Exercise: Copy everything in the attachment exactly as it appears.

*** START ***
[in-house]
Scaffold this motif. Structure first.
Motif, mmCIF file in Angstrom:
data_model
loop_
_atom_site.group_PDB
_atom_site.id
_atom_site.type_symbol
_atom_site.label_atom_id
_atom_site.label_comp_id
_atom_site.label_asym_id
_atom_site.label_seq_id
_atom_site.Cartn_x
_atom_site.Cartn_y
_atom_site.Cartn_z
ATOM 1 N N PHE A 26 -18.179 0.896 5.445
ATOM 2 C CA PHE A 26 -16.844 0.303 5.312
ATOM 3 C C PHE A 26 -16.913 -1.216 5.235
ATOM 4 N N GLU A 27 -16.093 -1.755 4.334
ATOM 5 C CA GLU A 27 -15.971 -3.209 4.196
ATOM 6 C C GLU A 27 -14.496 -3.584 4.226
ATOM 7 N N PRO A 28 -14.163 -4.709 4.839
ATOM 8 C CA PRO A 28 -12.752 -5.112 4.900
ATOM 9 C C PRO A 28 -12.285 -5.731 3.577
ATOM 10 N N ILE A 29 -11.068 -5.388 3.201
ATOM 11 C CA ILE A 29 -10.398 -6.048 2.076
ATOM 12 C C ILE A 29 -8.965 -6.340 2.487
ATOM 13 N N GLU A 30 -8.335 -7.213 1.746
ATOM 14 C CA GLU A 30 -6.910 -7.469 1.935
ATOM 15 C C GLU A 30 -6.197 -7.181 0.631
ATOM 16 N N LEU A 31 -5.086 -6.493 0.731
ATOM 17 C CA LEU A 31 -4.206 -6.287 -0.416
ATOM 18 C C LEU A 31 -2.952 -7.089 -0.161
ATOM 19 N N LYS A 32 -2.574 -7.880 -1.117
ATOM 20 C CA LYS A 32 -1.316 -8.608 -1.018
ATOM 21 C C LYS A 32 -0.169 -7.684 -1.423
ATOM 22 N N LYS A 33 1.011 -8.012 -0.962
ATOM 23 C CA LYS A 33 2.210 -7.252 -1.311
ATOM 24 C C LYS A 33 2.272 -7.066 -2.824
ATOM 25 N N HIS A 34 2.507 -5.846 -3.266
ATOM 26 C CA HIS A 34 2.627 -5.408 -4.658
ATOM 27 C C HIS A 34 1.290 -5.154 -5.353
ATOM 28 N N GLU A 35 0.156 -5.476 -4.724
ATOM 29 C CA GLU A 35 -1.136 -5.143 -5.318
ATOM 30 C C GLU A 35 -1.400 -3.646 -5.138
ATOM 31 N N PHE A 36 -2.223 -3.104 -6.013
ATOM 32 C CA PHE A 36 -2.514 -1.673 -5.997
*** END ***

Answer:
[in-house]
Scaffold this motif. Structure first.
Motif, mmCIF file in Angstrom:
data_model
loop_
_atom_site.group_PDB
_atom_site.id
_atom_site.type_symbol
_atom_site.label_atom_id
_atom_site.label_comp_id
_atom_site.label_asym_id
_atom_site.label_seq_id
_atom_site.Cartn_x
_atom_site.Cartn_y
_atom_site.Cartn_z
ATOM 1 N N PHE A 26 -18.179 0.896 5.445
ATOM 2 C CA PHE A 26 -16.844 0.303 5.312
ATOM 3 C C PHE A 26 -16.913 -1.216 5.235
ATOM 4 N N GLU A 27 -16.093 -1.755 4.334
ATOM 5 C CA GLU A 27 -15.971 -3.209 4.196
ATOM 6 C C GLU A 27 -14.496 -3.584 4.226
ATOM 7 N N PRO A 28 -14.163 -4.709 4.839
ATOM 8 C CA PRO A 28 -12.752 -5.112 4.900
ATOM 9 C C PRO A 28 -12.285 -5.731 3.577
ATOM 10 N N ILE A 29 -11.068 -5.388 3.201
ATOM 11 C CA ILE A 29 -10.398 -6.048 2.076
ATOM 12 C C ILE A 29 -8.965 -6.340 2.487
ATOM 13 N N GLU A 30 -8.335 -7.213 1.746
ATOM 14 C CA GLU A 30 -6.910 -7.469 1.935
ATOM 15 C C GLU A 30 -6.197 -7.181 0.631
ATOM 16 N N LEU A 31 -5.086 -6.493 0.731
ATOM 17 C CA LEU A 31 -4.206 -6.287 -0.416
ATOM 18 C C LEU A 31 -2.952 -7.089 -0.161
ATOM 19 N N LYS A 32 -2.574 -7.880 -1.117
ATOM 20 C CA LYS A 32 -1.316 -8.608 -1.018
ATOM 21 C C LYS A 32 -0.169 -7.684 -1.423
ATOM 22 N N LYS A 33 1.011 -8.012 -0.962
ATOM 23 C CA LYS A 33 2.210 -7.252 -1.311
ATOM 24 C C LYS A 33 2.272 -7.066 -2.824
ATOM 25 N N HIS A 34 2.507 -5.846 -3.266
ATOM 26 C CA HIS A 34 2.627 -5.408 -4.658
ATOM 27 C C HIS A 34 1.290 -5.154 -5.353
ATOM 28 N N GLU A 35 0.156 -5.476 -4.724
ATOM 29 C CA GLU A 35 -1.136 -5.143 -5.318
ATOM 30 C C GLU A 35 -1.400 -3.646 -5.138
ATOM 31 N N PHE A 36 -2.223 -3.104 -6.013
ATOM 32 C CA PHE A 36 -2.514 -1.673 -5.997